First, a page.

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Why I Became a Luxottica Mentor

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Mentorship is an important part of Luxottica’s culture. We offer several programs for Luxotticans to connect with other associates internally and externally for life changing mentorship opportunities and experiences that impact the lives of our participants and community.

Amy Purcell, Senior Director of Corporate Communication for Luxottica North America talks about her rewarding participation as a mentor in our award-winning partnership with Withrow High School.

Amy Purcell, Senior Director of Corporate Communication

I decided to become a mentor for Luxottica because the program gives Cincinnati’s youth the opportunity to explore a corporate environment, build skills that will help them in college and in life, and it’s super fun to be around energetic high schoolers. It reminds you that no matter where a teenager is from or what their circumstances might be, they have big dreams and hopes for the future. I love the idea that, as a mentor, I can help students see a path toward a brighter future, especially those students who might otherwise not have this type of opportunity.

I was fortunate. I grew up in a supportive family and I always knew I wanted to be a writer when I grew up so my decision to pursue journalism was an easy one. Many kids don’t have it that easy and need guidance and support to make decisions about their future. I’m honored to be part of a program that actually empowers and supports students as they make these types of important life decisions.

Having a mentor is important no matter where you’re at in your career or what stage you’re at in life. I’ve always respected and appreciated what my mentors have taught me and how they have influenced my decisions in positive ways. Being able to turn to someone who isn’t related to you (such as a family member) or isn’t necessarily in your close network of friends can be very powerful because they can provide an unbiased perspective. Statistics prove that mentoring works, especially for younger people – in our mentoring program, there is a 98% graduation rate, which is impressive!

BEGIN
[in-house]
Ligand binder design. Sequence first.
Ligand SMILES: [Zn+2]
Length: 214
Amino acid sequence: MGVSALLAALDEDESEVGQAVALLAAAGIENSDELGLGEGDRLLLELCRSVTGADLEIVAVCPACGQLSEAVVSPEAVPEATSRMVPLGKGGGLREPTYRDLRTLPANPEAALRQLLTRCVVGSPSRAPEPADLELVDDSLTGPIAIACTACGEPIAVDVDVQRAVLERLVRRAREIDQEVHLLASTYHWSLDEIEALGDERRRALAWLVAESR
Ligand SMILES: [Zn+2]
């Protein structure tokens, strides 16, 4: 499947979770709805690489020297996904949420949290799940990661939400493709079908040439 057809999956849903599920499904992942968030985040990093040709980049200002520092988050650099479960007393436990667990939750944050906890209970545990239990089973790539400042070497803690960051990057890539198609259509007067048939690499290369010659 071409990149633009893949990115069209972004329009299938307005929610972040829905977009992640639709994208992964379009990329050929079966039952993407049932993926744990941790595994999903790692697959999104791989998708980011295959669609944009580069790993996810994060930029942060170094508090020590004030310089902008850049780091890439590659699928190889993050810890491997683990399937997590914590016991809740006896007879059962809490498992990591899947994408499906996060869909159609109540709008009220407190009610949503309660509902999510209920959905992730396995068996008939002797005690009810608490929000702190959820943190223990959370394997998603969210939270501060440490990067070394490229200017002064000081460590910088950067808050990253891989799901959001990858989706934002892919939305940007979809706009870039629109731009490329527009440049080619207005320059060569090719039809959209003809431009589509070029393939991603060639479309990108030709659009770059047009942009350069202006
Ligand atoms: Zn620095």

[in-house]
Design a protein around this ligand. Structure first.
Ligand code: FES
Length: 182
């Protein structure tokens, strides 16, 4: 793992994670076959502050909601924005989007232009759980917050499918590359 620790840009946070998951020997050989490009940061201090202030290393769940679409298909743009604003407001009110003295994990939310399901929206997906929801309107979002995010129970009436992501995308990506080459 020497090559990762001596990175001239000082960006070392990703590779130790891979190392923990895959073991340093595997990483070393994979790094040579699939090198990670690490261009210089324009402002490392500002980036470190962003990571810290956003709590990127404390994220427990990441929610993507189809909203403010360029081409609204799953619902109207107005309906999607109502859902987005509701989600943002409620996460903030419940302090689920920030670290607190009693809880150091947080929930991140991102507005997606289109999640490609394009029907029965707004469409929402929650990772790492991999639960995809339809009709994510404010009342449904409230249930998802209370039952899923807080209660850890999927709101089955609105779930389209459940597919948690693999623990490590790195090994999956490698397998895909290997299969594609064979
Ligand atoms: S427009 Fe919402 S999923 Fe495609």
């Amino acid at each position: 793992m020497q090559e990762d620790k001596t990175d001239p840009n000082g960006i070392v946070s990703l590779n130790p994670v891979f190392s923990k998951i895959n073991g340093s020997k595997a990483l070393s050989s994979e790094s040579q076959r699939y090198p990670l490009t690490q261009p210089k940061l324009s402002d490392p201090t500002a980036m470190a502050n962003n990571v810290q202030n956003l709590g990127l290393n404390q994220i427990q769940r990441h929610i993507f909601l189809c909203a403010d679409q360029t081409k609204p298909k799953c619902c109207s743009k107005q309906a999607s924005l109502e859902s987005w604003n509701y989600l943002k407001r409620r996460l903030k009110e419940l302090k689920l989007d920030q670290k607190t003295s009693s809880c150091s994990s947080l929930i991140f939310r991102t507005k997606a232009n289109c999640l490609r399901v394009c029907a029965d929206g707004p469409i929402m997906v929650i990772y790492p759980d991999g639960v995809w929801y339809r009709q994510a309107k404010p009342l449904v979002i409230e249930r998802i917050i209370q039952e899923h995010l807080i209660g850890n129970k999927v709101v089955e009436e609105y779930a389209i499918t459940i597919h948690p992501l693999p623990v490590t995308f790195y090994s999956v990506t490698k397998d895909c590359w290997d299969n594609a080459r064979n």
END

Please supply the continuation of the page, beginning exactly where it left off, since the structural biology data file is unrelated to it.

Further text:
One of my most rewarding experiences as a mentor happened last year. My mentee was incredibly shy and barely spoke the first few times she was with me. By the end of the program, she opened up to me and confided in me. She was also petrified to speak in front of others but made it through her senior presentation as if she were a pro at public speaking. Using the caterpillar to a butterfly metaphor might be corny or cliché but she truly came out of her cocoon of insecurity and flew off beautifully to pursue a nursing degree! I simply enjoy being with all of the mentees and watching their confidence and skills grow as each month passes in the program. I’ve had heartbreaking, heartfelt and hilarious conversations with the mentees and I cherish all of those moments.

Being a mentor has enriched me because in many ways. First, it provides you with a perspective on the enormous pressure kids are under today, especially those in socioeconomically vulnerable or underserved areas of our community. It’s a reminder that kids need consistency, support, and encouragement from adults to be successful. It’s also a reminder that everyone is different and different is good. No two mentees have been alike for me and I have learned something new from each of them. Mentoring also enriches my coaching and listening skills, which ultimately enriches my role as an employee and leader.

We believe in helping people see better and that can take on many forms, whether it’s providing vision care in our stores, volunteering for OneSight, or helping others see a new path to take in their career or in life. I believe it’s incredibly important for Luxottica to help students who may someday be Luxottica employees see a brighter future. Being a mentor makes me a better, happier employee and happy employees are more productive!

Why I Became a Luxottica Mentor

Comments:

  1. Personally a HUGE draw for me, working at EyeMed (Luxottica’s Managed Vision Care company) … I’m proud to be a mentor in the program, and proud to call Amy a friend. Each one, teach one.

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